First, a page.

From Pasture to Plate


We typically don’t think twice about how the food we put on our plates directly affects the world around us. The meat industrial complex is a perfect example of how one’s decisions can have a large impact. This is because it engages in unethical practices through living conditions for livestock and environmental impact.

Livestock’s living conditions have typically been at the forefront of the meat industry debate. This is due to many factory farms having overcrowded pens and cages and providing unsanitary living spaces.

Lately, environmental impact has started to rise as a concern for the meat industry. Dr. Francis Vergunst, a University of Montreal Public Health Fellow, states, “[The meat industry] contributes to land and water degradation, biodiversity loss, acid rain, coral reef degeneration and deforestation” (The Conversation).

With moral and environmental factors at play, questions like ‘Should one change to a plant-based diet based on the meat industry practices?’ and ‘If one is unable to cut it out of their diet, how can they ethically continue to eat meat?’ are raised. 

The Pros Of Eating Meat

The meat industrial complex allows society to have simplicity in their diet in terms of cost, convenience, and nutrients.

The cost of eating a meat-based diet over a plant-based diet is the strongest factor as to why people continue to eat meat. Plant-based diets involve buying food options that are often more expensive than their meat-based counterparts while also having a shorter shelf life.

As a lifetime meat-eater, Jay Tyler values the accessibility for people across varying social classes to food that is both fulfilling and affordable. He says, “It’s more economically sustainable for the average person to be able to buy a bag of chicken nuggets to sit in the freezer when compared to vegetables that go bad in under two weeks.”

As a staple to many diets, meat allows people to achieve nutritional fulfillment for things such as iron and protein. Such levels of said nutrients are difficult to find in plant-based diets.

With how extensive the meat industry is, it allows for widely made access for different meats, and with that, an unfathomable array of food choices to choose from. Convenience in diet makes it easier to engage with everyday activities such as grocery shopping and going out to eat.

The Cons of Eating Meat

While having a meat-based diet is simpler, plant-based diets have shown to exhibit their strengths in other areas.

Plant-based diets don’t prevent someone from obtaining specific nutrients but make them find nutrients beyond animal products. Someone on a plant-based diet can still get protein through foods like seeds and leafy greens or even pill supplements.

Convenience in a diet is slowly becoming less prevalent in the meat industry argument. In recent years the number of people who have switched over to vegetarianism or veganism has surged. With this new group of customers, companies such as Burger King and Taco Bell have put in the effort to establish plant-based food items.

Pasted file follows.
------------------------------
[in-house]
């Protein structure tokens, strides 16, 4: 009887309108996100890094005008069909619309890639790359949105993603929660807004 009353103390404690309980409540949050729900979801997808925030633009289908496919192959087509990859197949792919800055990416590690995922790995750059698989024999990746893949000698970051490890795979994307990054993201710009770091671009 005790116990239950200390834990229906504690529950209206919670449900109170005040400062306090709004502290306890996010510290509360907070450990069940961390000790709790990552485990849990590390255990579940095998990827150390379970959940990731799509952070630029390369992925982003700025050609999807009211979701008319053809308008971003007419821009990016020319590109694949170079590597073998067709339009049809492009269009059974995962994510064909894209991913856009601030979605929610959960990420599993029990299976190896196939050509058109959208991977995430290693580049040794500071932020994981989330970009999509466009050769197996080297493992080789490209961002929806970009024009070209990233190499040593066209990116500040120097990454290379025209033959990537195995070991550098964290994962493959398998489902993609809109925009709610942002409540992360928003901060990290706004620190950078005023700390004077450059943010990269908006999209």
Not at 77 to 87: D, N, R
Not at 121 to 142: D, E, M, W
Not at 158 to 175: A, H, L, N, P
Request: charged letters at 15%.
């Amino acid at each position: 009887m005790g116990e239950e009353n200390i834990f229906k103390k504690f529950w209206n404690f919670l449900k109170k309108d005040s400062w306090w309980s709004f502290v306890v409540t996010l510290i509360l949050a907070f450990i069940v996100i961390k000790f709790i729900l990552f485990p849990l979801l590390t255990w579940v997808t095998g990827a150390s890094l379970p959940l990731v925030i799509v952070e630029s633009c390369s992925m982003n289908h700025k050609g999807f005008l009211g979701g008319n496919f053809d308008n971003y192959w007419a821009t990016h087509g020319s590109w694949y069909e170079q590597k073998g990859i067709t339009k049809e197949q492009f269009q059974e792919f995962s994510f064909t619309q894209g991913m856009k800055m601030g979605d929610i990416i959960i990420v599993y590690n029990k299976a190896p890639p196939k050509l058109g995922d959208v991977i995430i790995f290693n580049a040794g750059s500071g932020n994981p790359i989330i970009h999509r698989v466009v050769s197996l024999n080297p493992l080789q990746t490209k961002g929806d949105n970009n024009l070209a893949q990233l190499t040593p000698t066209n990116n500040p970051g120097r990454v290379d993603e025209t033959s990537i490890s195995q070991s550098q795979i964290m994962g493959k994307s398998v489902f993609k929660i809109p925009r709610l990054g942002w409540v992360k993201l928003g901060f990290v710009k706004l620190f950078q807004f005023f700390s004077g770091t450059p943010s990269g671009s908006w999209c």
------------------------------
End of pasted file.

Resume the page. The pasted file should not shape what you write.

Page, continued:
Vegan Victoria Meyers says, “After the initial switch, the hardest part of being vegan is the inconvenience. You just have to view it on a learning curve on what’s available to you and that you like. There are delicious options out there beyond just salads.”

Admittedly, the cost of being on a plant-based diet can be much higher than a meat-based one.

Many people don’t have the extra resources to partake in any other lifestyle than the one they currently have set up for themselves. When someone is on a budget and needs to provide for themselves or their family, it is more logical to buy hamburgers from McDonald’s than ingredients to make a salad.

So, What Should You Do?

The best way to not condone the meat industrial complex’s practices is by cutting out meat altogether. If you don’t provide money to continue to fund unethical practices, there is no way for these conditions to be upheld.

However, it is unrealistic to expect everyone to take on a plant-based lifestyle. A simple action that can go a long way is becoming proactive in the meat you do end up buying.

Whenever available, it can be especially helpful to buy meat where the animals were free range to avoid factory farms’ inhumane living conditions. Typically, ethical practice-based meat companies will have certification stickers on the package to show their humane treatment of animals.  

Three common certifications to look for are Animal Welfare Approved, Global Animal Partnership, and Certified Human. Through quick research, you can find extensive lists of what brands fall under these categories. 

When taking these steps, we can help promote a better world around us through diets with ethical business practices, such as humane treatment of animals and more environmentally beneficial pathways.